Hospitality workers from countries outside the European Union who come to work in the capital earn even less, making an average of 20% less than British staff, according to a survey by hospitality recruitment specialists, the Change Group.
Craig Allen, director of the Change Group, said: “London restaurants [including pubs] are very diverse places with people from all over the world working together to deliver some of the best cooking and service on the planet."
He added: “However, our data suggests there is a discrepancy in terms of the salary expectations, with employees from certain nationalities more regularly taking lower paid and generally less skilled positions than those from other countries.”
The Change Group’s research found British workers were paid on average £32,207 per year.
Czech workers were the lowest paid in London, making an average of £21,727 per year, followed by Latvians (£24,200) and Romanians (£24,638).
German workers, however, proved an exception to the rule as the only EU nationality to earn a higher average salary than British workers (£34,071).
This situation has significant implications for hospitality businesses depending on how Brexit negotiations develops around the issue of freedom of movement, added Allen.
He said: “If there are fewer EU workers in the UK, this could result in wage bills rising for London restaurants.”
There is also potential for Brexit to amplify the hospitality industry’s ongoing staff shortage – particularly when it came to chefs – as Britons make up only one third of job applicants despite being the highest earners, he argued.
“Whatever happens with Brexit, we strongly recommend that industry leaders, Government and the education sector does more to encourage more British people to work in hospitality,” he said.
Disparity in pay
But Kate Nicholls, chief executive of the Association of Licensed Multiple Retailers (ALMR), told The Morning Advertiser: "Certainly, this kind of disparity is not something we have encountered through discussions and surveys with our members.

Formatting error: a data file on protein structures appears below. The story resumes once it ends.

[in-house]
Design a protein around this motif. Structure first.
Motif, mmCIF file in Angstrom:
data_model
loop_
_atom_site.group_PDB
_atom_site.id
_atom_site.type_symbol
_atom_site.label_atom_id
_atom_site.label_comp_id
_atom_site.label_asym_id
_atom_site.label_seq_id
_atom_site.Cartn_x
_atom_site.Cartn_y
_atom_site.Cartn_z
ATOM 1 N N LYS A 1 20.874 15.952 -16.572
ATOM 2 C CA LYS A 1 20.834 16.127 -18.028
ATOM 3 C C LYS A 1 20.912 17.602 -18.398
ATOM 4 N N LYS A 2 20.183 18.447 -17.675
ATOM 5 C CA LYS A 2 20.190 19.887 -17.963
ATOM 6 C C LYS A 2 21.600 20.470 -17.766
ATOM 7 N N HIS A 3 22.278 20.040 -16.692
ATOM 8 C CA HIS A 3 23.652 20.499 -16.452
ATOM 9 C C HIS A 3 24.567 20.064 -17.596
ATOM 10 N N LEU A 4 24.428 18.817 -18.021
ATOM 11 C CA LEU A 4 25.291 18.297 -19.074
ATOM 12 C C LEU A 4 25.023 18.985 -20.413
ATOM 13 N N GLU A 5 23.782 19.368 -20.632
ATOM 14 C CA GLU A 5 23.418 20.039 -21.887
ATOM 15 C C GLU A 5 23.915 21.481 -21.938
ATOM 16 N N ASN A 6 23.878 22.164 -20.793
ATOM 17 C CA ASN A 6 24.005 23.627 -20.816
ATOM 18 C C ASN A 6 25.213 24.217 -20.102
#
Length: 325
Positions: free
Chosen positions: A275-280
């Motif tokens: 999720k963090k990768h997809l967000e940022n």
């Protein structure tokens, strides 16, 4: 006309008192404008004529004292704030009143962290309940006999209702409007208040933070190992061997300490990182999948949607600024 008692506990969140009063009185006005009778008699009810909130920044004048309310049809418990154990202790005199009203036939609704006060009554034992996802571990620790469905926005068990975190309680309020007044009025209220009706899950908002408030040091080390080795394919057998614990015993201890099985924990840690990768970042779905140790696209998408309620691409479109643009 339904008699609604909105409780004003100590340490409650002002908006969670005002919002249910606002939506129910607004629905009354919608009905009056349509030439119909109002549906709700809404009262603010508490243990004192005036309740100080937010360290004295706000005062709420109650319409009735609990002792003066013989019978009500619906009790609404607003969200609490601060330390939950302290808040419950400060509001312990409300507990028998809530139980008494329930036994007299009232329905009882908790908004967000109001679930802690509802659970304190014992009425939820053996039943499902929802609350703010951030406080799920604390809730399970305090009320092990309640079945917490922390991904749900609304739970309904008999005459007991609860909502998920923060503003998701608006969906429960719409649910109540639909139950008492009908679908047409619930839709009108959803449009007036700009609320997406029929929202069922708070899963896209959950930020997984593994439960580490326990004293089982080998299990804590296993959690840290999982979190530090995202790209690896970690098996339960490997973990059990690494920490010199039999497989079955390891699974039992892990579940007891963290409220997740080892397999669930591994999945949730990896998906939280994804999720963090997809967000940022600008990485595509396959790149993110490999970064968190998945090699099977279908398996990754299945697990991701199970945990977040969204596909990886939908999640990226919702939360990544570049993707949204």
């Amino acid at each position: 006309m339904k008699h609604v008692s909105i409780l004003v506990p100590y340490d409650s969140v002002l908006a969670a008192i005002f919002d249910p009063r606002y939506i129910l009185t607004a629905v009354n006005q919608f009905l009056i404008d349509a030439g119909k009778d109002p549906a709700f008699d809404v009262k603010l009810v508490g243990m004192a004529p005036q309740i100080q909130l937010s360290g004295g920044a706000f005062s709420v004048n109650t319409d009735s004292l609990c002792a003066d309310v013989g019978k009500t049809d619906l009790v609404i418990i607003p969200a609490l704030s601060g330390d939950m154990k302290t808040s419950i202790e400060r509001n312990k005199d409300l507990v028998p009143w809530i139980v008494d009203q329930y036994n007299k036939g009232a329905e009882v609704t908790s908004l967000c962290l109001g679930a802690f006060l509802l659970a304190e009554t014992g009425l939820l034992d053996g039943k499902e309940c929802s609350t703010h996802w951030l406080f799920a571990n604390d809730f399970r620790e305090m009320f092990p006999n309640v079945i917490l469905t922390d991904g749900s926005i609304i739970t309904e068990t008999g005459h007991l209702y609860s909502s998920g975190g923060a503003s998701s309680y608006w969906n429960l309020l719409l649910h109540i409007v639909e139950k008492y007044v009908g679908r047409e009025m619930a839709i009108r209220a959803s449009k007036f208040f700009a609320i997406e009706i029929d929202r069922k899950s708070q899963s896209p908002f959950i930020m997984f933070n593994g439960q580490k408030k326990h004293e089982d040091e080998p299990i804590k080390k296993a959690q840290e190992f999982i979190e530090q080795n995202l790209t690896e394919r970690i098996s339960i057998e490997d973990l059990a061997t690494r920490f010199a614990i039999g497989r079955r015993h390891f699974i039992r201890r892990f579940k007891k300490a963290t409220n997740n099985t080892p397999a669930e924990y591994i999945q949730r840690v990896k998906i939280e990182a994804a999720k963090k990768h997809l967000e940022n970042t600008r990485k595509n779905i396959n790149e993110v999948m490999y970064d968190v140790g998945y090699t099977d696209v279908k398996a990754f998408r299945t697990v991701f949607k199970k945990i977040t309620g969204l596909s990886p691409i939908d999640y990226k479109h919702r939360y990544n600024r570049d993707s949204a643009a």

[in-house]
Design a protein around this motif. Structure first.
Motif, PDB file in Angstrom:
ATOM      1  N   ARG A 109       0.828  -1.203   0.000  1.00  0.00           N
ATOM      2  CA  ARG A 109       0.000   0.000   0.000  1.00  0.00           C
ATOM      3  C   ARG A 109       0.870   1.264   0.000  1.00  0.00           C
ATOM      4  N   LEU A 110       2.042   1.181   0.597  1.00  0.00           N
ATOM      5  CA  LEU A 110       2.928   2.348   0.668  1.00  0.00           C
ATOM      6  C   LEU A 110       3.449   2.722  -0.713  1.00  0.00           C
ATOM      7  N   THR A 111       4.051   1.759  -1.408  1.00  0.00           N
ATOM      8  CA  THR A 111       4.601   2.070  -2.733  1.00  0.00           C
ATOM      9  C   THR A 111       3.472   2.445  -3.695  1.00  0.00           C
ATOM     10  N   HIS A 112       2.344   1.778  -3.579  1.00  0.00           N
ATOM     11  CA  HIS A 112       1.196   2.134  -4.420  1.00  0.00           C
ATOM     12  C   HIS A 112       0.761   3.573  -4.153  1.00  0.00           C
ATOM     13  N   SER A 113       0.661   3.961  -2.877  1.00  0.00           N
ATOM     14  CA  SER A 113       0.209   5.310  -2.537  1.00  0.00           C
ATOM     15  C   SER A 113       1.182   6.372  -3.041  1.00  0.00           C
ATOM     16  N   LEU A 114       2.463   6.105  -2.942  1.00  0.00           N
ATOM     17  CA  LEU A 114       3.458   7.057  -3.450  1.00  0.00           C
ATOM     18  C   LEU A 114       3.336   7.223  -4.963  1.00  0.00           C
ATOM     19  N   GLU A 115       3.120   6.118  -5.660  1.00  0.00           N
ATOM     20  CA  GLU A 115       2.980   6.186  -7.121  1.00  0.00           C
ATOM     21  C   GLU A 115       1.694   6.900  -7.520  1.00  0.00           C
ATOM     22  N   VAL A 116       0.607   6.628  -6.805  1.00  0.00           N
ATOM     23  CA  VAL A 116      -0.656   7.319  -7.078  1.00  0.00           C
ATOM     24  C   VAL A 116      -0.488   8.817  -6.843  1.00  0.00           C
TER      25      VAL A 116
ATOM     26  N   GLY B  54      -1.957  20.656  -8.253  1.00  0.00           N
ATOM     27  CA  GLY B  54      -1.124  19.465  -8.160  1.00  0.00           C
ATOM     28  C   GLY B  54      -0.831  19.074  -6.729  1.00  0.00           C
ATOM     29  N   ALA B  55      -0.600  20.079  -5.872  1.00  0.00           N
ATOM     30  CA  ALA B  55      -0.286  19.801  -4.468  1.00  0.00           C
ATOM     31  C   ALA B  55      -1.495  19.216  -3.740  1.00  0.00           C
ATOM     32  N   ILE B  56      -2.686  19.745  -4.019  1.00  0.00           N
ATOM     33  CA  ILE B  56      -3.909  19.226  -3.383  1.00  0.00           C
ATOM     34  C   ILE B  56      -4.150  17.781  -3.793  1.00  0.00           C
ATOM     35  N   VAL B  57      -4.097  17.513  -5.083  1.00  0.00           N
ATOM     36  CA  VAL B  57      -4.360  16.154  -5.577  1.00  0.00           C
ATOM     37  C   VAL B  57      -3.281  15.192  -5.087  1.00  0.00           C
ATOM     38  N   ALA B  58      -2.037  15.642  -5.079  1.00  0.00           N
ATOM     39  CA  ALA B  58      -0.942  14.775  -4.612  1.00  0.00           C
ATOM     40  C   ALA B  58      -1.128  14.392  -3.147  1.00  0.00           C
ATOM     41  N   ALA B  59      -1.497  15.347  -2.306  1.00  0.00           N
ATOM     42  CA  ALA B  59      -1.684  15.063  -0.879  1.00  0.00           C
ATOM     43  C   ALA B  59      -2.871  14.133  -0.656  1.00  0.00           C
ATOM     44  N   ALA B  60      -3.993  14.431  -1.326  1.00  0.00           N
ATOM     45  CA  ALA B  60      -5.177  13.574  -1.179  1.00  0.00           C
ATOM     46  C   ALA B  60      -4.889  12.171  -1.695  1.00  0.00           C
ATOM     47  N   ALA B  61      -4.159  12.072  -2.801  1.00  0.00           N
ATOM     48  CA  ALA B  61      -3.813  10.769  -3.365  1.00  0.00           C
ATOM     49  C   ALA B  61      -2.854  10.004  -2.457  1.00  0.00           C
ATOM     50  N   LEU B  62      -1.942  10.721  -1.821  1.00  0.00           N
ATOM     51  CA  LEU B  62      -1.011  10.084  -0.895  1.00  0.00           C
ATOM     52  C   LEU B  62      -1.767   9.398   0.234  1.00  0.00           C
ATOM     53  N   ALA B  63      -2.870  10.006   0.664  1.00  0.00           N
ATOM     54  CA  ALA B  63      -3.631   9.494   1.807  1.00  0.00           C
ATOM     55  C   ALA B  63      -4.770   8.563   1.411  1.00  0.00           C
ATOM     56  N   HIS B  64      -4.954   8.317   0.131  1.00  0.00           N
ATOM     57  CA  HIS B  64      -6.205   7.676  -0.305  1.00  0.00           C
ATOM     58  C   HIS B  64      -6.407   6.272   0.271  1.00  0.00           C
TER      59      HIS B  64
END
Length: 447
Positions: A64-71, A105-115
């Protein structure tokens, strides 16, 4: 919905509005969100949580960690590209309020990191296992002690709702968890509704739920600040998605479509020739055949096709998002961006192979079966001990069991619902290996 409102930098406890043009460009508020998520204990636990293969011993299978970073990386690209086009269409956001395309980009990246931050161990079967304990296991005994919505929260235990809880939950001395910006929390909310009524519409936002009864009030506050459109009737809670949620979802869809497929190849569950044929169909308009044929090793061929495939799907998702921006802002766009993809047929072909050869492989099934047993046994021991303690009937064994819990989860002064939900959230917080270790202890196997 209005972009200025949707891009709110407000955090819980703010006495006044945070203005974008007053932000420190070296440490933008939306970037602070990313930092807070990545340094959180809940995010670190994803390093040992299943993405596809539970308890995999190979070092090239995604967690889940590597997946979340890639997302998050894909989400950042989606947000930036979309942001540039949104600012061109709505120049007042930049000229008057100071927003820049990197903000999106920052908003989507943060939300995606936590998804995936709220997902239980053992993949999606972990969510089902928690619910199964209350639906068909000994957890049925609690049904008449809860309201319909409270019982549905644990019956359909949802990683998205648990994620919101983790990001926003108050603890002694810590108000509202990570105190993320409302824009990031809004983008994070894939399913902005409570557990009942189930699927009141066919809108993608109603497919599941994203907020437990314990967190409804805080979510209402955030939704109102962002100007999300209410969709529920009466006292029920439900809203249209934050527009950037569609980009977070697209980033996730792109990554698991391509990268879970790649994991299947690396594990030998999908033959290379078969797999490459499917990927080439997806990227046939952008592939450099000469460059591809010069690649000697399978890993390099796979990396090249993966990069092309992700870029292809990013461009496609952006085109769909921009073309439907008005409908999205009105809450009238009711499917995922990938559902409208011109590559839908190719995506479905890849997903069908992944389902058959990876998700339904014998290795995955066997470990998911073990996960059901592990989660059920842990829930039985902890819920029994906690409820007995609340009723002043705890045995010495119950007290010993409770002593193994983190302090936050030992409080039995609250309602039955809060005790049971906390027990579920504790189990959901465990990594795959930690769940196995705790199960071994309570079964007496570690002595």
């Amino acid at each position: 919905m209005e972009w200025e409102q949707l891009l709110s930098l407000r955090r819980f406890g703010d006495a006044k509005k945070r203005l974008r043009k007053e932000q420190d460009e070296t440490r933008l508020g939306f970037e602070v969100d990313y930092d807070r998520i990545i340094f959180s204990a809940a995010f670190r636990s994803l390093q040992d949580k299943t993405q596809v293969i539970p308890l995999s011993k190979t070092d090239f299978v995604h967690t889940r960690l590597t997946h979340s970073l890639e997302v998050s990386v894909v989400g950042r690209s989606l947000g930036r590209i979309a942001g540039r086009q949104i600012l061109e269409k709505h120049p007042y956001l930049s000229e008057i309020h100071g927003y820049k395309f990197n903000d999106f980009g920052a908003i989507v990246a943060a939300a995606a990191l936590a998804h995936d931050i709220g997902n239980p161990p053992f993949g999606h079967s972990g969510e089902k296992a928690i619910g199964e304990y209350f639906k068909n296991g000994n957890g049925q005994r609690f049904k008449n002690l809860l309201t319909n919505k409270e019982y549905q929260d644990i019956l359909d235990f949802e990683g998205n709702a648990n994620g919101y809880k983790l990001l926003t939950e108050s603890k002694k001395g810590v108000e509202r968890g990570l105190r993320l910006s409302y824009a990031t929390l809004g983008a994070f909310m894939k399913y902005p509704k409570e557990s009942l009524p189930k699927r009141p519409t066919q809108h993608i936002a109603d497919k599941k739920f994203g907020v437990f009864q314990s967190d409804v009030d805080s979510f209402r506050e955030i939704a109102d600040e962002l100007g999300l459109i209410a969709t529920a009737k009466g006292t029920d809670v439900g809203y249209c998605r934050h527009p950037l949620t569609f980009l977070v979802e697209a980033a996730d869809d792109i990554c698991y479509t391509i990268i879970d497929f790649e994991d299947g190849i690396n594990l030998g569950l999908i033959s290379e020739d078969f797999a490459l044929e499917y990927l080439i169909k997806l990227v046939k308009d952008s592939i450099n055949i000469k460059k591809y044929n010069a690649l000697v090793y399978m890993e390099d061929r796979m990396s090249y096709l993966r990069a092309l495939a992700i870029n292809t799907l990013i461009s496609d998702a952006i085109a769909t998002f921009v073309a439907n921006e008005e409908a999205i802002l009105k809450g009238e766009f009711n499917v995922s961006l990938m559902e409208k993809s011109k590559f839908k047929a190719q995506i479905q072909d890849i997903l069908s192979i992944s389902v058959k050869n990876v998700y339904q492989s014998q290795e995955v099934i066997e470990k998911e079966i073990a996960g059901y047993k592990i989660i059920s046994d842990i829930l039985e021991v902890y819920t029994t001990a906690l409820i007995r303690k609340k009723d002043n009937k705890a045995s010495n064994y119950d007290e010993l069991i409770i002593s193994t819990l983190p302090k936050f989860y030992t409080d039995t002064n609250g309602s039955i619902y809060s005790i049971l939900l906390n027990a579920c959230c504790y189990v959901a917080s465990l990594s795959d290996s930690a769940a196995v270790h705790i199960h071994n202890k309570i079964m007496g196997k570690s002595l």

"We have not encountered any ALMR members paying different rates based on nationality. Differing rates of pay relate to experience and higher grades of work.
"Many non-UK workers, particularly young workers, come to the UK to live, study and work on a temporary basis, and the licensed hospitality sector is great at offering roles to these workers.
"It is only natural that non-UK workers, many of whom will be part of our teams for a relatively short period of time, will fill these lower paid roles."
The smaller disparity in pay for higher paid roles – and that non-UK general managers (GMs) were found to earn, on average, more than UK GMs – suggested that the hospitality sector was more of a meritocracy than figures may initially indicate and was "excellent at identifying candidates from outside the UK and providing them with opportunities," she said.
“The lack of encouragement from schools to promote careers in licensed hospitality could be exacerbated should we find ourselves facing a skills shortage post Brexit. The ALMR, along with other trade bodies, is working hard to promote a career in licensed hospitality as a viable and rewarding option," she added.
"Any problems we currently face getting young workers into hospitality roles could be worsened by possible migration restrictions and controls that are not sympathetic to the needs of the sector for migrant workers.”